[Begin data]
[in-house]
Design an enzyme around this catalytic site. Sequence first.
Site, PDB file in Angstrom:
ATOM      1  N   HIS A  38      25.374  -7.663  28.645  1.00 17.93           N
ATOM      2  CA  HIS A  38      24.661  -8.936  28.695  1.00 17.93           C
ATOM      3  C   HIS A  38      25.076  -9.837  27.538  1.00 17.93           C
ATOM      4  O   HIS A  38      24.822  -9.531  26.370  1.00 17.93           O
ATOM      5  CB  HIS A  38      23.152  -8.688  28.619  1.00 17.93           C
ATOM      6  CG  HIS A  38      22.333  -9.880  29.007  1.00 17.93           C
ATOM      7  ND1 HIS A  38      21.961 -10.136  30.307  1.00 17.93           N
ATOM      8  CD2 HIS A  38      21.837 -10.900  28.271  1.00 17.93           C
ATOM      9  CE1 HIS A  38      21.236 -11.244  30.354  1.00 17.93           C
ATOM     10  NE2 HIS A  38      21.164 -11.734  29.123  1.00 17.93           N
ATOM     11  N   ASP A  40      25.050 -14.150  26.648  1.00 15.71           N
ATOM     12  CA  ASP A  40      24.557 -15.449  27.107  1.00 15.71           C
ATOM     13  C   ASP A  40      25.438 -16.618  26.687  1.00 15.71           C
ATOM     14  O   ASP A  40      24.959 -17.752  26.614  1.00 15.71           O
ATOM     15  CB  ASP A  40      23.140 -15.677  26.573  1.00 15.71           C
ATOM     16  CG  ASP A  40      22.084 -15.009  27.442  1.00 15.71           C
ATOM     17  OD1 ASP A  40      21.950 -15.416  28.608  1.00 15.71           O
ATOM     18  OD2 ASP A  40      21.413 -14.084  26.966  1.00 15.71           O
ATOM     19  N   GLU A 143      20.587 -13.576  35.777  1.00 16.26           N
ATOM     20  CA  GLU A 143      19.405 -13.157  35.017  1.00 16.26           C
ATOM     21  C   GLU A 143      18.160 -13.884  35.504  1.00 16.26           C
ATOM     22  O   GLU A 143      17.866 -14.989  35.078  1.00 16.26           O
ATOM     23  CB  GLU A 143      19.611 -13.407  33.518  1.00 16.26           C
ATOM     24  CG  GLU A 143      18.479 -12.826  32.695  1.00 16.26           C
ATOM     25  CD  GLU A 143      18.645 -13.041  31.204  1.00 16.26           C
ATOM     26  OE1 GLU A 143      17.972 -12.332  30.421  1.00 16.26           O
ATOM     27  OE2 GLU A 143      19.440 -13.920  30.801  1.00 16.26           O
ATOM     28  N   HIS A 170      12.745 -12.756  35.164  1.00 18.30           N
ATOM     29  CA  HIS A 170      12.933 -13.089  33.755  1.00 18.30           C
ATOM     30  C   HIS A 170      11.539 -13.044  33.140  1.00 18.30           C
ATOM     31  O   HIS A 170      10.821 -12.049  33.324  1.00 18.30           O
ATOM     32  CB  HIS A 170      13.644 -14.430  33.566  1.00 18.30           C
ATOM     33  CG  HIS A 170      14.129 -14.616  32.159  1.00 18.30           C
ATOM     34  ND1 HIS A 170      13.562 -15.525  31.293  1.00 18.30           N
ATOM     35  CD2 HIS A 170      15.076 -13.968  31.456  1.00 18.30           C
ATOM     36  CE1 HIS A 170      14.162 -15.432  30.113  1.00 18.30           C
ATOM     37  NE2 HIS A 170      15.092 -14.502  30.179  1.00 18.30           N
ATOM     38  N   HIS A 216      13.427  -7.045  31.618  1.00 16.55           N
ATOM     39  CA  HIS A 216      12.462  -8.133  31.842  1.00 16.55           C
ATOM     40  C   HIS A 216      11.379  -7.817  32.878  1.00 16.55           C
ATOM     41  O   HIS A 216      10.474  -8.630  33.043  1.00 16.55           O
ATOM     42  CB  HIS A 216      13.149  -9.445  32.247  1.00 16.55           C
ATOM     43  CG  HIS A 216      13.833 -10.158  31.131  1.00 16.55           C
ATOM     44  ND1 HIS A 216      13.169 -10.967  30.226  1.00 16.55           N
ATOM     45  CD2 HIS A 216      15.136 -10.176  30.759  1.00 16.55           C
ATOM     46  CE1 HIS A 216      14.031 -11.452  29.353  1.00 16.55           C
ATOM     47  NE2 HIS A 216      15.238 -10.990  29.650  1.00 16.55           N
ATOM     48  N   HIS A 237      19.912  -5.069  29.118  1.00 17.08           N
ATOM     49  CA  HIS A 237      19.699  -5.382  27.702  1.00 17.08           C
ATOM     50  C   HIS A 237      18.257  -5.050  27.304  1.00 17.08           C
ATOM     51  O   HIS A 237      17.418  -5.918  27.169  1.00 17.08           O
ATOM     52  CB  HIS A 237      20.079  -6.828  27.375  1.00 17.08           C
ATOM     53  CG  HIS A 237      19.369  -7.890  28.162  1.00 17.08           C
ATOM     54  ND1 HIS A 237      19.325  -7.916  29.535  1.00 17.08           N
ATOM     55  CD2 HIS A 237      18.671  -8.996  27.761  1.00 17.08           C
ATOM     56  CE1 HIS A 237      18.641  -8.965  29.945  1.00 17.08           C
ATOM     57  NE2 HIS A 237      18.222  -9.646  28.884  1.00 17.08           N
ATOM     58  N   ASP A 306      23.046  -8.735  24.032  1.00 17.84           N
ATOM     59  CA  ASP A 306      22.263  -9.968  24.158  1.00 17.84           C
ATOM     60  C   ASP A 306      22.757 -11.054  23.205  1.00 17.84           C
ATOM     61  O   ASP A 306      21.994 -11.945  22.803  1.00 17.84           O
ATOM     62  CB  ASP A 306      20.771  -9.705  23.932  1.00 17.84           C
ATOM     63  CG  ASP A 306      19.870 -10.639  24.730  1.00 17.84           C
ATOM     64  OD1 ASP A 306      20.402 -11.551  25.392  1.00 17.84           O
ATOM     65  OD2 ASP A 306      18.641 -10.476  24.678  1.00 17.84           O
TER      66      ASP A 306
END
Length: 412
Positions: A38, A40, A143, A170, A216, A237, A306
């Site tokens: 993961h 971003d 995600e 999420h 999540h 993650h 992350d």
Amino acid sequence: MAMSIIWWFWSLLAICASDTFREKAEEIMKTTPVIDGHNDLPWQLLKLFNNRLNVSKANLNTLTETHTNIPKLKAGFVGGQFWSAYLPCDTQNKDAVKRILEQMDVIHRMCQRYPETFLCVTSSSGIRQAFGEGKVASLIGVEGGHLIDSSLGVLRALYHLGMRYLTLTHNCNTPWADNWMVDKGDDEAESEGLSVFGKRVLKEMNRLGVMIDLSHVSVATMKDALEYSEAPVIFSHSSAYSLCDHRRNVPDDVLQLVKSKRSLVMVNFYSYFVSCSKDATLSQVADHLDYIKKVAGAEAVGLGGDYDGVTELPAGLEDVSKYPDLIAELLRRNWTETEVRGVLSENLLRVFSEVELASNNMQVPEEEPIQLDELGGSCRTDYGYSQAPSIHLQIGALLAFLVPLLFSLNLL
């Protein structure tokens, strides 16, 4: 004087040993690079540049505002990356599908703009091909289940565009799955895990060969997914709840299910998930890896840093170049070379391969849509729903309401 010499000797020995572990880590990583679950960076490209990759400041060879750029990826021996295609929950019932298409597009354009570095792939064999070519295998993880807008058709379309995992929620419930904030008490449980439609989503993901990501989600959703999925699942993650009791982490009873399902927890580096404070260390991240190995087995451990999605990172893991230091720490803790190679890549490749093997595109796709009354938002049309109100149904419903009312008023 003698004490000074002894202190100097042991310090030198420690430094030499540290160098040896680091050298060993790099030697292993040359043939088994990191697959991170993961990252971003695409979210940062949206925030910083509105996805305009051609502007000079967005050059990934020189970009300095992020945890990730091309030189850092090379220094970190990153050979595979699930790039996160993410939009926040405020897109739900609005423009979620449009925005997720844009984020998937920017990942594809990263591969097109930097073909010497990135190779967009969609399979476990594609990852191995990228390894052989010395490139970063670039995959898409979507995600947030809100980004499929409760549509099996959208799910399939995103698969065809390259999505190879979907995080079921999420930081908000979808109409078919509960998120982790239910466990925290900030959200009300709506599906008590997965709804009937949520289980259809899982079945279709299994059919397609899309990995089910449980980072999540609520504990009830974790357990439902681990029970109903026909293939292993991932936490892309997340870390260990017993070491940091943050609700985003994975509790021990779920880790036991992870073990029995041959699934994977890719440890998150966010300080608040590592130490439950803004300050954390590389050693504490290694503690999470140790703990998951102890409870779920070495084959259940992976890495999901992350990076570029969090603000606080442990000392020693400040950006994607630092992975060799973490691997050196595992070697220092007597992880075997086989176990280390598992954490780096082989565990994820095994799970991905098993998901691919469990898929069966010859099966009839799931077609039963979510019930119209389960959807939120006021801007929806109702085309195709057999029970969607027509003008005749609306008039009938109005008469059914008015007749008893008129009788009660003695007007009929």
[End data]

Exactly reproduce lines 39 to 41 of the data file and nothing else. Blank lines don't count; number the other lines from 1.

ATOM     36  CE1 HIS A 170      14.162 -15.432  30.113  1.00 18.30           C
ATOM     37  NE2 HIS A 170      15.092 -14.502  30.179  1.00 18.30           N
ATOM     38  N   HIS A 216      13.427  -7.045  31.618  1.00 16.55           N